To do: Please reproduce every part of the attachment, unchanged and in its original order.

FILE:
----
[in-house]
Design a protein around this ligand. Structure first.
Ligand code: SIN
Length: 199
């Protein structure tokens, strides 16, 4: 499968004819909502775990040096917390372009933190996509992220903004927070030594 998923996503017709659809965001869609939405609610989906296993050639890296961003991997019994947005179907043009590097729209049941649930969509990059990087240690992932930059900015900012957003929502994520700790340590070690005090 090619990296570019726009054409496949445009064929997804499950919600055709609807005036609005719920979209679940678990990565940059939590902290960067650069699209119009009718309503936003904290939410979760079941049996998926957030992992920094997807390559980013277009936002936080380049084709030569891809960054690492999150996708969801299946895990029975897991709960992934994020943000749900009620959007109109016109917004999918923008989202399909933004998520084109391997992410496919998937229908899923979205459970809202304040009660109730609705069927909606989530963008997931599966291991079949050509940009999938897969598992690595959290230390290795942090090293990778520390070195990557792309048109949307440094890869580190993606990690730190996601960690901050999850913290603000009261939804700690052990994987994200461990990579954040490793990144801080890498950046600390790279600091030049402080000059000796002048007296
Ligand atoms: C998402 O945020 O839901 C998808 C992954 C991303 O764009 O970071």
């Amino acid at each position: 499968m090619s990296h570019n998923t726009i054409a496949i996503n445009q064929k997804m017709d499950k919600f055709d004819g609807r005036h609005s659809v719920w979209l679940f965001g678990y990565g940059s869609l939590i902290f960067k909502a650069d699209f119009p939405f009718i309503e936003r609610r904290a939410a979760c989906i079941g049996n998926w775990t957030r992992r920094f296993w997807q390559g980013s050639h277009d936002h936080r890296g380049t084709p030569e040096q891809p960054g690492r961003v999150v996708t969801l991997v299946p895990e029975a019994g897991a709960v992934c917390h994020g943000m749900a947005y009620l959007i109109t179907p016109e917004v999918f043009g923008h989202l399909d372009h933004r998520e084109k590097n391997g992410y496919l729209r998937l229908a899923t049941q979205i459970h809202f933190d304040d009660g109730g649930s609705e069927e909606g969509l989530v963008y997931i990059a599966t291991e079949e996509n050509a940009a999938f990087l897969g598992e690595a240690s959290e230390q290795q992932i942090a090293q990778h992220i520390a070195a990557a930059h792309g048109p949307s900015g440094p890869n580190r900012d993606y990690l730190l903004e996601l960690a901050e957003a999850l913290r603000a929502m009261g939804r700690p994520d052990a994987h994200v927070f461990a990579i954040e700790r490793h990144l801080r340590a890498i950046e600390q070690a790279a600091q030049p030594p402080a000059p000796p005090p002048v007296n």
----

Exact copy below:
[in-house]
Design a protein around this ligand. Structure first.
Ligand code: SIN
Length: 199
């Protein structure tokens, strides 16, 4: 499968004819909502775990040096917390372009933190996509992220903004927070030594 998923996503017709659809965001869609939405609610989906296993050639890296961003991997019994947005179907043009590097729209049941649930969509990059990087240690992932930059900015900012957003929502994520700790340590070690005090 090619990296570019726009054409496949445009064929997804499950919600055709609807005036609005719920979209679940678990990565940059939590902290960067650069699209119009009718309503936003904290939410979760079941049996998926957030992992920094997807390559980013277009936002936080380049084709030569891809960054690492999150996708969801299946895990029975897991709960992934994020943000749900009620959007109109016109917004999918923008989202399909933004998520084109391997992410496919998937229908899923979205459970809202304040009660109730609705069927909606989530963008997931599966291991079949050509940009999938897969598992690595959290230390290795942090090293990778520390070195990557792309048109949307440094890869580190993606990690730190996601960690901050999850913290603000009261939804700690052990994987994200461990990579954040490793990144801080890498950046600390790279600091030049402080000059000796002048007296
Ligand atoms: C998402 O945020 O839901 C998808 C992954 C991303 O764009 O970071």
């Amino acid at each position: 499968m090619s990296h570019n998923t726009i054409a496949i996503n445009q064929k997804m017709d499950k919600f055709d004819g609807r005036h609005s659809v719920w979209l679940f965001g678990y990565g940059s869609l939590i902290f960067k909502a650069d699209f119009p939405f009718i309503e936003r609610r904290a939410a979760c989906i079941g049996n998926w775990t957030r992992r920094f296993w997807q390559g980013s050639h277009d936002h936080r890296g380049t084709p030569e040096q891809p960054g690492r961003v999150v996708t969801l991997v299946p895990e029975a019994g897991a709960v992934c917390h994020g943000m749900a947005y009620l959007i109109t179907p016109e917004v999918f043009g923008h989202l399909d372009h933004r998520e084109k590097n391997g992410y496919l729209r998937l229908a899923t049941q979205i459970h809202f933190d304040d009660g109730g649930s609705e069927e909606g969509l989530v963008y997931i990059a599966t291991e079949e996509n050509a940009a999938f990087l897969g598992e690595a240690s959290e230390q290795q992932i942090a090293q990778h992220i520390a070195a990557a930059h792309g048109p949307s900015g440094p890869n580190r900012d993606y990690l730190l903004e996601l960690a901050e957003a999850l913290r603000a929502m009261g939804r700690p994520d052990a994987h994200v927070f461990a990579i954040e700790r490793h990144l801080r340590a890498i950046e600390q070690a790279a600091q030049p030594p402080a000059p000796p005090p002048v007296n």